Oregon's Department of Justice Spied on State Residents Who Used #BlackLivesMatter on Twitter

Posted Nov. 18, 2015

MP3 Interview with Mat dos Santos, legal director with the ACLU of Oregon, conducted by Scott Harris


On Nov. 10, the Criminal Justice Division of the Oregon Department of Justice revealed that it had secretly spied on state residents who used the #BlackLivesMatter hashtag in their Twitter accounts. Among those surveilled was the state’s own director of civil rights, Erious Johnson.

In response to a letter signed by a number of Oregon groups, including the Urban League of Portland, the state AFL-CIO, the ACLU of Oregon and several chapters of the NAACP, Oregon's Attorney General Ellen Rosenblum stated that she was shocked and appalled by the surveillance conducted by a Department of Justice investigator employed in the state's Criminal Justice division. The groups collectively expressed their outrage for what they said was "the improper, and potentially unlawful surveillance and investigations on an Oregonian merely for expressing a viewpoint, or for being a part of a social movement."

The ACLU of Oregon went further by characterizing state spying on legally protected political speech on Twitter as racial profiling, offensive and a serious threat to our democracy. Together, these progressive Oregon groups submitted a list of demands to the attorney general that included a call for an immediate halt to the surveillance, a thorough independent public investigation and an apology. The local chapter of the ACLU has filed records requests to state agencies, the U.S. Department of Justice and FBI seeking information on the extent of the surveillance, the technology used and who was profiled. Between The Lines' Scott Harris spoke with Mat dos Santos, legal director with the ACLU of Oregon, who talks about the many unanswered questions surrounding the surveillance, its motivation and the need for a full and transparent investigation into these activities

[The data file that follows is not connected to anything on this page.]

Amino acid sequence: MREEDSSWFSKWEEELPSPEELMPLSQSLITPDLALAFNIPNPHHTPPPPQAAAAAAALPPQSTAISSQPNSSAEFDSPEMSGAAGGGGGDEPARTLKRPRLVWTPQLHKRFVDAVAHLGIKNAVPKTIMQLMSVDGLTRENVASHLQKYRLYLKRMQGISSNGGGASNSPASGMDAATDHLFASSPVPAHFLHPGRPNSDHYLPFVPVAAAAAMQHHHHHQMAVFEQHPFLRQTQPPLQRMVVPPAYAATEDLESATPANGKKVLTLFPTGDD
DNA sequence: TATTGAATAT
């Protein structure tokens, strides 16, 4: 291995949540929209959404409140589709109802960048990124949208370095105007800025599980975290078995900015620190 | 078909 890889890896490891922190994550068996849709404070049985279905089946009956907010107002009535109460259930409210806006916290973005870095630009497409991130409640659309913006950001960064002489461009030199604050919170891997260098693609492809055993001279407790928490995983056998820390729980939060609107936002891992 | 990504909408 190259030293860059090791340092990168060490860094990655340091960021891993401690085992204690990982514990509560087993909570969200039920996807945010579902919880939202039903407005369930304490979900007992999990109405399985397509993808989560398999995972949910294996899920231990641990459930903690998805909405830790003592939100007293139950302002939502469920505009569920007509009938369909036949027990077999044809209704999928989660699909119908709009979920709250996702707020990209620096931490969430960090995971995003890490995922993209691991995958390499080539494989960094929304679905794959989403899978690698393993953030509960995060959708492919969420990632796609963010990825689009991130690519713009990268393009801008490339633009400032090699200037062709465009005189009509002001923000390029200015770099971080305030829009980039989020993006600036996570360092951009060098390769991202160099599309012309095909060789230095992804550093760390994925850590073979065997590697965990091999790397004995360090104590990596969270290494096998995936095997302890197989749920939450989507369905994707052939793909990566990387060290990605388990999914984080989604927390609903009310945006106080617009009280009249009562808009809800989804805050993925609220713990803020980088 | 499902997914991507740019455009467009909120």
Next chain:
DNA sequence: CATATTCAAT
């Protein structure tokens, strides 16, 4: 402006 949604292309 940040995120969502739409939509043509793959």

Find more information on the Oregon Department of Justice surveillance of state residents using #BlackLivesMatter on Twitter.

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